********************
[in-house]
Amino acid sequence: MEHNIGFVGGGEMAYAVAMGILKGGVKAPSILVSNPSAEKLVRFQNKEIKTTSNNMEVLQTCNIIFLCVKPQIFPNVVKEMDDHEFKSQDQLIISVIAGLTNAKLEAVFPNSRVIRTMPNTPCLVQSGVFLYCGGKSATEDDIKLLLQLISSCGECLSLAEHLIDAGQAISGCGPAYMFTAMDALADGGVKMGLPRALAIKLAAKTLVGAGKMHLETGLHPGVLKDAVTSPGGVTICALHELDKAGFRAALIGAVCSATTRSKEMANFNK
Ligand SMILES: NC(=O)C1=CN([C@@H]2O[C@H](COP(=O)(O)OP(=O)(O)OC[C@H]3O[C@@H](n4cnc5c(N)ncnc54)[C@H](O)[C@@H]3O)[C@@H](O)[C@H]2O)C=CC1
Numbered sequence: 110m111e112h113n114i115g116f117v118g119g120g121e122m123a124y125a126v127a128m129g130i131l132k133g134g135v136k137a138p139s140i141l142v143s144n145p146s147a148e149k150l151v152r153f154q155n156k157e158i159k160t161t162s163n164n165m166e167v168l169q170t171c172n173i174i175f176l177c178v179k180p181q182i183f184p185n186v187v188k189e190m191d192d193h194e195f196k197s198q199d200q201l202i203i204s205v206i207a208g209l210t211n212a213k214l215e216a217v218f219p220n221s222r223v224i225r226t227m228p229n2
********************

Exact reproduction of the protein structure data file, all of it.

[in-house]
Amino acid sequence: MEHNIGFVGGGEMAYAVAMGILKGGVKAPSILVSNPSAEKLVRFQNKEIKTTSNNMEVLQTCNIIFLCVKPQIFPNVVKEMDDHEFKSQDQLIISVIAGLTNAKLEAVFPNSRVIRTMPNTPCLVQSGVFLYCGGKSATEDDIKLLLQLISSCGECLSLAEHLIDAGQAISGCGPAYMFTAMDALADGGVKMGLPRALAIKLAAKTLVGAGKMHLETGLHPGVLKDAVTSPGGVTICALHELDKAGFRAALIGAVCSATTRSKEMANFNK
Ligand SMILES: NC(=O)C1=CN([C@@H]2O[C@H](COP(=O)(O)OP(=O)(O)OC[C@H]3O[C@@H](n4cnc5c(N)ncnc54)[C@H](O)[C@@H]3O)[C@@H](O)[C@H]2O)C=CC1
Numbered sequence: 110m111e112h113n114i115g116f117v118g119g120g121e122m123a124y125a126v127a128m129g130i131l132k133g134g135v136k137a138p139s140i141l142v143s144n145p146s147a148e149k150l151v152r153f154q155n156k157e158i159k160t161t162s163n164n165m166e167v168l169q170t171c172n173i174i175f176l177c178v179k180p181q182i183f184p185n186v187v188k189e190m191d192d193h194e195f196k197s198q199d200q201l202i203i204s205v206i207a208g209l210t211n212a213k214l215e216a217v218f219p220n221s222r223v224i225r226t227m228p229n2